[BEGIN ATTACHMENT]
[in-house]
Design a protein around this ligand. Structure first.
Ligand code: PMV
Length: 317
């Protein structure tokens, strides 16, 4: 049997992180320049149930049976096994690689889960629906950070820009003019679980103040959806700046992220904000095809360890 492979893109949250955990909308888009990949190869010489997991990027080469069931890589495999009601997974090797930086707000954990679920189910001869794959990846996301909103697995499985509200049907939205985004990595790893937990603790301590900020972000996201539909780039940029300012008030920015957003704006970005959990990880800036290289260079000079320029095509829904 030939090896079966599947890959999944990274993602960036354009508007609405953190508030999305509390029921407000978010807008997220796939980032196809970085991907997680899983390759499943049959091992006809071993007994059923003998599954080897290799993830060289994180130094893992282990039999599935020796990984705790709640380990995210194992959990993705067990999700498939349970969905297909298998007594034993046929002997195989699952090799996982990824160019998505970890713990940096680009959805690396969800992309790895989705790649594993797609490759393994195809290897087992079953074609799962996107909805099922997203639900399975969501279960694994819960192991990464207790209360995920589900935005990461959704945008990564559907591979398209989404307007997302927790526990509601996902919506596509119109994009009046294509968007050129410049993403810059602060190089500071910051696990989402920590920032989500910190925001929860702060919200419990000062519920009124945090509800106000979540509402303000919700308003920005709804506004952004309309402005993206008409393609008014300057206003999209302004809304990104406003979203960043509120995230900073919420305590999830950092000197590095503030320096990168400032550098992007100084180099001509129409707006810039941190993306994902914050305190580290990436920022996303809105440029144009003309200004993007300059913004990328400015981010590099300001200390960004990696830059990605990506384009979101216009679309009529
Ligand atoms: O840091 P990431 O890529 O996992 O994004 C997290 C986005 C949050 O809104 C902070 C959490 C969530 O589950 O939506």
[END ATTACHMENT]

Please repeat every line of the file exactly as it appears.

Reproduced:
[in-house]
Design a protein around this ligand. Structure first.
Ligand code: PMV
Length: 317
């Protein structure tokens, strides 16, 4: 049997992180320049149930049976096994690689889960629906950070820009003019679980103040959806700046992220904000095809360890 492979893109949250955990909308888009990949190869010489997991990027080469069931890589495999009601997974090797930086707000954990679920189910001869794959990846996301909103697995499985509200049907939205985004990595790893937990603790301590900020972000996201539909780039940029300012008030920015957003704006970005959990990880800036290289260079000079320029095509829904 030939090896079966599947890959999944990274993602960036354009508007609405953190508030999305509390029921407000978010807008997220796939980032196809970085991907997680899983390759499943049959091992006809071993007994059923003998599954080897290799993830060289994180130094893992282990039999599935020796990984705790709640380990995210194992959990993705067990999700498939349970969905297909298998007594034993046929002997195989699952090799996982990824160019998505970890713990940096680009959805690396969800992309790895989705790649594993797609490759393994195809290897087992079953074609799962996107909805099922997203639900399975969501279960694994819960192991990464207790209360995920589900935005990461959704945008990564559907591979398209989404307007997302927790526990509601996902919506596509119109994009009046294509968007050129410049993403810059602060190089500071910051696990989402920590920032989500910190925001929860702060919200419990000062519920009124945090509800106000979540509402303000919700308003920005709804506004952004309309402005993206008409393609008014300057206003999209302004809304990104406003979203960043509120995230900073919420305590999830950092000197590095503030320096990168400032550098992007100084180099001509129409707006810039941190993306994902914050305190580290990436920022996303809105440029144009003309200004993007300059913004990328400015981010590099300001200390960004990696830059990605990506384009979101216009679309009529
Ligand atoms: O840091 P990431 O890529 O996992 O994004 C997290 C986005 C949050 O809104 C902070 C959490 C969530 O589950 O939506």